Dropping One Down Before Hitting a Homer

Last weekend, I had the pleasure of hanging out with most of the rest of the FanGraphs crew in Arizona. As part of our annual festivities, we make sure to check out a couple spring training games, in part for fun and in part out of sensed obligation. This year we hauled ourselves to the new Cubs Park and also to Salt River Fields. During an inning break at the former, the scoreboard showed a video segment with Len Kasper who explained the concept of replacement level. But I want to talk a bit about the latter: At Salt River Fields, on Saturday, we watched some of the Angels take on some of the Rockies.

Mike Trout hit a super-long home run to dead-center. That’s the thing that stood out the most. The thing that stood out the second-most, though, was an at bat that featured Matt Long. I’d never heard of Matt Long before, and at the time of the at bat, I didn’t know his first name. He wasn’t even supposed to be playing — he was inserted in place of Brennan Boesch, who had earlier been ejected for what looked like nothing. Long would hit three times, but it was his first plate appearance that was by far the most intriguing. And not simply because it wasn’t supposed to happen.

For one thing, Long actually batted in the top of the fourth, kind of. But with two down, Chris Iannetta was caught stealing, so Long had a chance to bat again in the fifth. In the top of the fifth, Long tried to bunt his way on:


That didn’t work. With two strikes, Long was almost punched out looking:


Then Long swung and very nearly doubled:


Instead, it was just a longer strike. In a sense, Long was so unlucky! But actually it turns out he was lucky, because:


Matt Long wasn’t supposed to play. In his first at bat, he almost bunted, then he almost struck out, then he almost doubled, then he homered against a decent major-league pitcher. I’m looking at Long’s numbers. Career minor-league OBP of .370. More than 100 steals. Exactly 50 triples and exactly 50 homers. Interesting profile. I know who Matt Long is now.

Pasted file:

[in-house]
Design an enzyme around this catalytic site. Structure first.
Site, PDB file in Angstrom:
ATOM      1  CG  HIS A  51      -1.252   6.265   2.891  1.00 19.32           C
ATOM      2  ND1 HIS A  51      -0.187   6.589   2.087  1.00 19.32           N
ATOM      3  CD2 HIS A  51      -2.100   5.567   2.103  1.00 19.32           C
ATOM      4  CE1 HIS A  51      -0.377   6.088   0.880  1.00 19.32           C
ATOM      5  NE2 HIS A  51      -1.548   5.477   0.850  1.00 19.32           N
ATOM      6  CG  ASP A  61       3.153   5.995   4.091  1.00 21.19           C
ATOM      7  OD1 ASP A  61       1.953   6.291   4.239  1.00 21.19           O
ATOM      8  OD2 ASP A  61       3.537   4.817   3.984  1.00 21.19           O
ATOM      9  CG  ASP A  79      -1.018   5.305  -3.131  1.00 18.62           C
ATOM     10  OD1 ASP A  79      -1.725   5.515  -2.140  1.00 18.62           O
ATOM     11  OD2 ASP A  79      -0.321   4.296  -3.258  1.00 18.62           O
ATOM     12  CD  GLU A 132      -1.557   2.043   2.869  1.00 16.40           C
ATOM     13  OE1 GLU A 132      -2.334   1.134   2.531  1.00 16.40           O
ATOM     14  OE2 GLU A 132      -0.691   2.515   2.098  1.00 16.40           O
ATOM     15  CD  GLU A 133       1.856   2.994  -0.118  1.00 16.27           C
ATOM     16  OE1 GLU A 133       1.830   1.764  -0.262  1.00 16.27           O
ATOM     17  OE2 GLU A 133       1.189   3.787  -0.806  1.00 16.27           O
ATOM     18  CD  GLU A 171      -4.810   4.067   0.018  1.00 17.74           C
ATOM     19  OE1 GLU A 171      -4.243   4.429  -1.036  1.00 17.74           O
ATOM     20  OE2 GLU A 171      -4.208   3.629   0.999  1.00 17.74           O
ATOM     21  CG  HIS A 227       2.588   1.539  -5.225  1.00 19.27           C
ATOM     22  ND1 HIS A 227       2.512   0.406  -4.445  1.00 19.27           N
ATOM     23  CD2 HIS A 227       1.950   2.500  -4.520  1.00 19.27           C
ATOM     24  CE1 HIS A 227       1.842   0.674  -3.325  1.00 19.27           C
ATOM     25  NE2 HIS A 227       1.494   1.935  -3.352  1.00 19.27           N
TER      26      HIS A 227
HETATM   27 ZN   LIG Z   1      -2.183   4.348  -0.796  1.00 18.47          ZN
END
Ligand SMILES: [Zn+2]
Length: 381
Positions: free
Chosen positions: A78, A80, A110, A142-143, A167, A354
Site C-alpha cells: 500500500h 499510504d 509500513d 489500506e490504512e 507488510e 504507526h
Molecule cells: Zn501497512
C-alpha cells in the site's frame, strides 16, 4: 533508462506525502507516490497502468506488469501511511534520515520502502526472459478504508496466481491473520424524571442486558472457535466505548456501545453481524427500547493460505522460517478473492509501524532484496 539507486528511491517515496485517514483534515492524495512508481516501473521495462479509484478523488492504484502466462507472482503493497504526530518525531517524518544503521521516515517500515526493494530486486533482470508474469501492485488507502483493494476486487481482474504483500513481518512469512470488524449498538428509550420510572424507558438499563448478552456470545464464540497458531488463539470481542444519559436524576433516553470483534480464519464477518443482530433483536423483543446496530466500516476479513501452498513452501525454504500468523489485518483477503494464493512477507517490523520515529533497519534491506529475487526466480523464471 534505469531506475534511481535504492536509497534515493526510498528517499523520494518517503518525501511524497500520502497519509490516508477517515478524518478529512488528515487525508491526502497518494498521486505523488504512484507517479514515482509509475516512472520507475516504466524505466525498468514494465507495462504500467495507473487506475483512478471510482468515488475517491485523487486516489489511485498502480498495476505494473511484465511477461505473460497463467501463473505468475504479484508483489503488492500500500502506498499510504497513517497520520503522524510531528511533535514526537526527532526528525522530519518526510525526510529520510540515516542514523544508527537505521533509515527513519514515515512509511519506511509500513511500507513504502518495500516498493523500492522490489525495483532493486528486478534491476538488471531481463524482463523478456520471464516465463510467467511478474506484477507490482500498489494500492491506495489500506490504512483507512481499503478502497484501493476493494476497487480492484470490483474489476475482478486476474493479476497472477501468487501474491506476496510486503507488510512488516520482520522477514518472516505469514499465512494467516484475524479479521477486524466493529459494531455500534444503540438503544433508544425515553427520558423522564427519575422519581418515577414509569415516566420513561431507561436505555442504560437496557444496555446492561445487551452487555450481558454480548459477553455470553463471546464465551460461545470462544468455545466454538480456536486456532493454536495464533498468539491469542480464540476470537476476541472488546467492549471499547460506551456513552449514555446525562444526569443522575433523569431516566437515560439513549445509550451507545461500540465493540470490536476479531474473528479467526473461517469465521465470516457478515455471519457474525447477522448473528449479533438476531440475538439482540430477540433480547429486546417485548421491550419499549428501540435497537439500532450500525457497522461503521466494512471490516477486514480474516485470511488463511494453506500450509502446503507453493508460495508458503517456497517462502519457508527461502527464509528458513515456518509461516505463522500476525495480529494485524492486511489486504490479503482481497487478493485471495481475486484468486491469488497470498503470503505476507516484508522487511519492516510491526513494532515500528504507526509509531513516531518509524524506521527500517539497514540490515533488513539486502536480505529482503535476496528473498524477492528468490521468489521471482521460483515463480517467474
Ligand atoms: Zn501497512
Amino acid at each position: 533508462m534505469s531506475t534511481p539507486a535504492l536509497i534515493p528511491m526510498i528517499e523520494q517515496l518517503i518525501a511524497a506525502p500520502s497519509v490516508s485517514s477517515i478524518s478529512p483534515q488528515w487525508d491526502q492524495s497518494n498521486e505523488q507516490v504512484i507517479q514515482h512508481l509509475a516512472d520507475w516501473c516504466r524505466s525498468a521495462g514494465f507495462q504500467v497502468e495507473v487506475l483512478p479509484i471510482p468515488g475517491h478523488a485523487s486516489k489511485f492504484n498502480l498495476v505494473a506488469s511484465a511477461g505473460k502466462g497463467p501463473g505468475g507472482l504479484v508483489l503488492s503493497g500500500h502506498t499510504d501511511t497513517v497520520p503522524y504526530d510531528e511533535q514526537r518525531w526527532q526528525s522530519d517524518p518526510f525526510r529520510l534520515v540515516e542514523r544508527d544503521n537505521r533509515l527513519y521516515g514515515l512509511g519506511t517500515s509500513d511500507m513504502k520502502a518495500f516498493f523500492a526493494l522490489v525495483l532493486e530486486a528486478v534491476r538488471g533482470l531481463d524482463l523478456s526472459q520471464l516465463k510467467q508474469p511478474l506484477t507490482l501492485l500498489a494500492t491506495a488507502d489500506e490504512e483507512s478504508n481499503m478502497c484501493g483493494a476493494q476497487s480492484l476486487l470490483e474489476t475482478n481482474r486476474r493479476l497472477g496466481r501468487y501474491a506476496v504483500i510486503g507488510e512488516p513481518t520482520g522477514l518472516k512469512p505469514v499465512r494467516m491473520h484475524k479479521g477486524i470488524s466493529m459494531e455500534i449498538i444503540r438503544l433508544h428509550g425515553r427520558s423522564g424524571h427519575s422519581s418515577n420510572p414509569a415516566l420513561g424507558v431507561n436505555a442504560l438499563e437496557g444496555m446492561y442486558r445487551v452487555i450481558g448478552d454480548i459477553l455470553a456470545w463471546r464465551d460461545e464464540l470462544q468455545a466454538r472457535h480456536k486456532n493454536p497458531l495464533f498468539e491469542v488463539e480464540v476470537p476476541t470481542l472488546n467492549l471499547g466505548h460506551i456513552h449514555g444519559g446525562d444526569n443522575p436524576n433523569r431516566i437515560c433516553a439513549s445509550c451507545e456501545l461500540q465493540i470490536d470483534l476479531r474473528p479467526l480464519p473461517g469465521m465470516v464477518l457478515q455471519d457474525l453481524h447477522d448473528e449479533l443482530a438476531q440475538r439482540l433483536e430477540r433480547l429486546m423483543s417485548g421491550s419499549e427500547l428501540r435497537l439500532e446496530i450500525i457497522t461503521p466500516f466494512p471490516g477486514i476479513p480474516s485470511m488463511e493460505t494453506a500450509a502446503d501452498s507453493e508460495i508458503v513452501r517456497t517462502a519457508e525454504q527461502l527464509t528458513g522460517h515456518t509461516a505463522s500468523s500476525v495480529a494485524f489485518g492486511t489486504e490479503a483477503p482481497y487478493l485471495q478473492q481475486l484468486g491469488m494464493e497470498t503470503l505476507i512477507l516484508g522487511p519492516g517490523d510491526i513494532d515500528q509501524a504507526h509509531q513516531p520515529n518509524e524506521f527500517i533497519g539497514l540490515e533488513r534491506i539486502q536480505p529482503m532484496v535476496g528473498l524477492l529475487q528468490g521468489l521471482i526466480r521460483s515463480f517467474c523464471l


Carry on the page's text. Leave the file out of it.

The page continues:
I didn’t think a lot about the at bat the rest of the game, but it managed to creep its way back into my consciousness. In the days that followed, I cared less about the called ball, and less about the long foul. Long hit a home run a short while after he tried to drop down a bunt. It seemed to me that was pretty unusual. It seemed to me that was something I could research using PITCHf/x data.

See, PITCHf/x keeps track of foul bunts and missed bunts, going back to 2008. So I was confronted by a basic question: What’s the recent history of guys homering in at bats in which they also tried to bunt? This is probably the first FanGraphs post inspired by Matt Long. This might be the first post inspired by Matt Long anywhere, ever. But the whole point of spring training for guys like Long is to make people notice, and here we are.

Note that this misses home runs in at bats in which the hitter showed bunt and pulled back. This is about home runs in at bats in which the hitter committed to trying to drop one down. This is about home runs in at bats in which the hitter did a bunt wrong. We have six years of data, stretching back to 2008. Counting only the regular season and the playoffs, I was able to find 159 instances, or about 27 a year. Because I’m only counting meaningful baseball, Matt Long’s homer doesn’t qualify, but it’s not like Long can complain about going unmentioned.

I found 23 players who have done this exactly twice. Here are the players to have done it three times:

Here are the players to have done it four times:

Here’s the player to have done it five times:

And the guy to have done it six times: